The only question going into Future’s main stage set was this — just how deep would he dip into his Rolodex for guests?
The answer: very deep.
Ty Dolla Sign, Migos and Drake all came to pay alms during his king-making set, which had one of the biggest and rowdiest crowds of the weekend.
Future’s whacked-out strip club jams are the perfect fit for the Coachella of the moment. Mind-warping vocal effects, sing-speak rapping, stark and heavy productions — that’s the way to churn crowds today. The kids want to party, not brood, and Future knew exactly how to handle the job.
To boot: He also had the best backing visuals of the day, digitally diced up erotica artfully pixelated just enough for the crowd out there. If you could film the inside of someone’s brain on a vat of GHB, it would look like this.
Even when Future surrenders the stage, he still commands it. It’s hard to overestimate just how nuts the crowd went for “Bad and Boujee” and “Jumpman.” Those songs define the sound of being young right now. Even though his surprise guests were obvious choices (hey, at least this time Drake finally looked like he was having fun on a Coachella main stage) they cemented the fact that at Coachella, Future is the sound of right now.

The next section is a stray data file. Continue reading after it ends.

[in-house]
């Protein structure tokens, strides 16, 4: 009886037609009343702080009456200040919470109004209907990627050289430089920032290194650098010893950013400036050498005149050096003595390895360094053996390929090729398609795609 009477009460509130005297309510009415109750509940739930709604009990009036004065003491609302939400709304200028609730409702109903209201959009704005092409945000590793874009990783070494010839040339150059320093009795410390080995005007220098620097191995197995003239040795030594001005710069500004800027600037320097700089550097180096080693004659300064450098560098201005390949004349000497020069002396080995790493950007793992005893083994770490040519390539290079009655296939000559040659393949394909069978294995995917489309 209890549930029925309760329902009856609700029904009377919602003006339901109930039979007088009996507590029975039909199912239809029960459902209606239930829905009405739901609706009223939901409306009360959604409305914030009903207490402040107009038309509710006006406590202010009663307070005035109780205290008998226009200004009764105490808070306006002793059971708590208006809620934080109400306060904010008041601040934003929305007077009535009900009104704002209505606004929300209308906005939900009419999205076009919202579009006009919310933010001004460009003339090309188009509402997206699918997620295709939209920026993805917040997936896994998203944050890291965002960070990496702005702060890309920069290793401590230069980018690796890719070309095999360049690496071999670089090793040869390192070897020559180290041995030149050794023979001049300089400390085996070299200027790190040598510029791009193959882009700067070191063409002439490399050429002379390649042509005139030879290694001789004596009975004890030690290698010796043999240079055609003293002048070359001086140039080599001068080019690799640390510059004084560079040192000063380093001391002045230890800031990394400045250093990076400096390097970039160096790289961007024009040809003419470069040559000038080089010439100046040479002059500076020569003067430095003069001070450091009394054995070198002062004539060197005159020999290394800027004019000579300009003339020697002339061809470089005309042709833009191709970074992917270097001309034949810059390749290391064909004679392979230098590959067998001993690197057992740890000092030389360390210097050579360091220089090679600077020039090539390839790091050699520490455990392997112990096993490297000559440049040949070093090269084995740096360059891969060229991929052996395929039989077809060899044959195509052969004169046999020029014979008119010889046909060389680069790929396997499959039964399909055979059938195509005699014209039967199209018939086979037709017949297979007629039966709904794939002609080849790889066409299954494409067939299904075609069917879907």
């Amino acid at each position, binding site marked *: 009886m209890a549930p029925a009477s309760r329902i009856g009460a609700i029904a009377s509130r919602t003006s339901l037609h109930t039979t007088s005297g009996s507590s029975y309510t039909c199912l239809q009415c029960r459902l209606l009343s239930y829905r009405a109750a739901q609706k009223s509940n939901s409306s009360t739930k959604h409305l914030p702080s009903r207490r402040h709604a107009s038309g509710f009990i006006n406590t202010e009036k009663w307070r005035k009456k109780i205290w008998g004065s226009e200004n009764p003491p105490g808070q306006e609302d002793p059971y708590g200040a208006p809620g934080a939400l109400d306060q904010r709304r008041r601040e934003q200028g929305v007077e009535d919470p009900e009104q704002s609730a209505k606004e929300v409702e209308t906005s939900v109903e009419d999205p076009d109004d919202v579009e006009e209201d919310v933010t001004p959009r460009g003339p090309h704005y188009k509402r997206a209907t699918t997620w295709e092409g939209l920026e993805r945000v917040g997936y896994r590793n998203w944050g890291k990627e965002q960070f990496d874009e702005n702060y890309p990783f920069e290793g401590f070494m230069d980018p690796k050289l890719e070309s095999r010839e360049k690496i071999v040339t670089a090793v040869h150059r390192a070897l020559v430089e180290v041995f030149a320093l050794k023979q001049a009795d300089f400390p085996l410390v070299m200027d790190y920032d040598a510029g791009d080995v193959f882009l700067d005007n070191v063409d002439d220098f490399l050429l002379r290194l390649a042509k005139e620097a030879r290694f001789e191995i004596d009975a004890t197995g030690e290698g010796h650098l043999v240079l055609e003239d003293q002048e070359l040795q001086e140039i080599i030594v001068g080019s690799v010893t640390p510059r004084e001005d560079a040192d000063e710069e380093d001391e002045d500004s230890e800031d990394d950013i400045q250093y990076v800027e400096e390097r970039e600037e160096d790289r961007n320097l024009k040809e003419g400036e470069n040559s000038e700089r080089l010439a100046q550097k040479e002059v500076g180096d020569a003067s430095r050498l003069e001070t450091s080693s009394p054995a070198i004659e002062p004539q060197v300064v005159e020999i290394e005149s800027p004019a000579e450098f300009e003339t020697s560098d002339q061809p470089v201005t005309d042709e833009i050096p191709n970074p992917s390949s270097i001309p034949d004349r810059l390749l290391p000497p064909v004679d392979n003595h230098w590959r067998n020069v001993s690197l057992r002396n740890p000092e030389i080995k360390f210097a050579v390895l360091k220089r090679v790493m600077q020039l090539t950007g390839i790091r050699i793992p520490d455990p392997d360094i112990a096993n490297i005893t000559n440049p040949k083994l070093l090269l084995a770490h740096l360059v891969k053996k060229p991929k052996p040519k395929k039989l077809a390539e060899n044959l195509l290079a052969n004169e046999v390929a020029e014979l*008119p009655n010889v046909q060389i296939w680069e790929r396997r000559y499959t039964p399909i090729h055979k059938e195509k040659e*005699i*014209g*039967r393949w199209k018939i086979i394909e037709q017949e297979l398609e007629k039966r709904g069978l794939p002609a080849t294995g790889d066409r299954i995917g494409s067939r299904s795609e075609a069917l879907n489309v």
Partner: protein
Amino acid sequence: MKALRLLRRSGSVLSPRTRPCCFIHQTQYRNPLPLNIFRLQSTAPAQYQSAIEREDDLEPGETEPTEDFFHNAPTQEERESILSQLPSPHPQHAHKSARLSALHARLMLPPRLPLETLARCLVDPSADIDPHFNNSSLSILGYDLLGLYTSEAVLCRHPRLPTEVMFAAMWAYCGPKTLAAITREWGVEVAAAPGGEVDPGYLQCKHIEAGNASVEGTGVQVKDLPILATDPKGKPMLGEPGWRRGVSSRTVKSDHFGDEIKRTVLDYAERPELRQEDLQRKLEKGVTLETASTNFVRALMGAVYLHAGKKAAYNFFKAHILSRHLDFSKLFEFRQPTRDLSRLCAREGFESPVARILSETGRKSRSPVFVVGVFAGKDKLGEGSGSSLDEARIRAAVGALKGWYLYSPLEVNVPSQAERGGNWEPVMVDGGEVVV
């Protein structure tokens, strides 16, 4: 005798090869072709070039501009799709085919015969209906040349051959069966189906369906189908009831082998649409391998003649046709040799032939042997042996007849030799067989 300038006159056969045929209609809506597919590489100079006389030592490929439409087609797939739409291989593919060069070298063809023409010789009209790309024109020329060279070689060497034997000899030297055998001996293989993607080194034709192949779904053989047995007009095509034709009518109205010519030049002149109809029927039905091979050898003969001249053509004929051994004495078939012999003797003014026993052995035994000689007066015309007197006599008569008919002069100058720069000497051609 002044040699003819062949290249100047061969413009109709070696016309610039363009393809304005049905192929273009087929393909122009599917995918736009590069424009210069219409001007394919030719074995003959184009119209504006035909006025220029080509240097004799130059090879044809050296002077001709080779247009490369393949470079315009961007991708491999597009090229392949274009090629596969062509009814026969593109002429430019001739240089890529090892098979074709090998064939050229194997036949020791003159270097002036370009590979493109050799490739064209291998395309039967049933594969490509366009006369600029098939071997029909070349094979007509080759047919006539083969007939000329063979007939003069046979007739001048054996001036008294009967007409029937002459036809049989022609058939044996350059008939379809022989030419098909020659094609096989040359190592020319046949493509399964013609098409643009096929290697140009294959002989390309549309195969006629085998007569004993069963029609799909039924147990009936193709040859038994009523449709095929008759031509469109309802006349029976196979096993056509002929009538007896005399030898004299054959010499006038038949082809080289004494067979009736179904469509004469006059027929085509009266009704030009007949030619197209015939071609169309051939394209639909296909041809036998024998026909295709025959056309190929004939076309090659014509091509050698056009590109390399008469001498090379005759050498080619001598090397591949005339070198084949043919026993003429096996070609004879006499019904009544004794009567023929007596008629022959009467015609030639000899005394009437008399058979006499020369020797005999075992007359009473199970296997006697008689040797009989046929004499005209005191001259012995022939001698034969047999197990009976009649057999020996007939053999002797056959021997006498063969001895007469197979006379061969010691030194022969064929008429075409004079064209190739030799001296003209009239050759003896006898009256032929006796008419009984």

Across the field, L.A.’s Schoolboy Q had his own heaving, rapt crowd to stir. He’s not the highest-profile TDE artist playing this weekend (that would be label mate Kendrick Lamar), but he relishes his role as the party-riling foil to Lamar’s sage. On the Outdoor Stage, it worked — every path in and out was full of grinding fans.
With Gucci Mane still to come in the Sahara Tent, it’s clear that this is the year Coachella got hip-hop right on its biggest stages, and while other art-rock and pop acts are at the top of the bill, this is the sound that young fans want and need here.
Los Angeles Times
April 16, 2017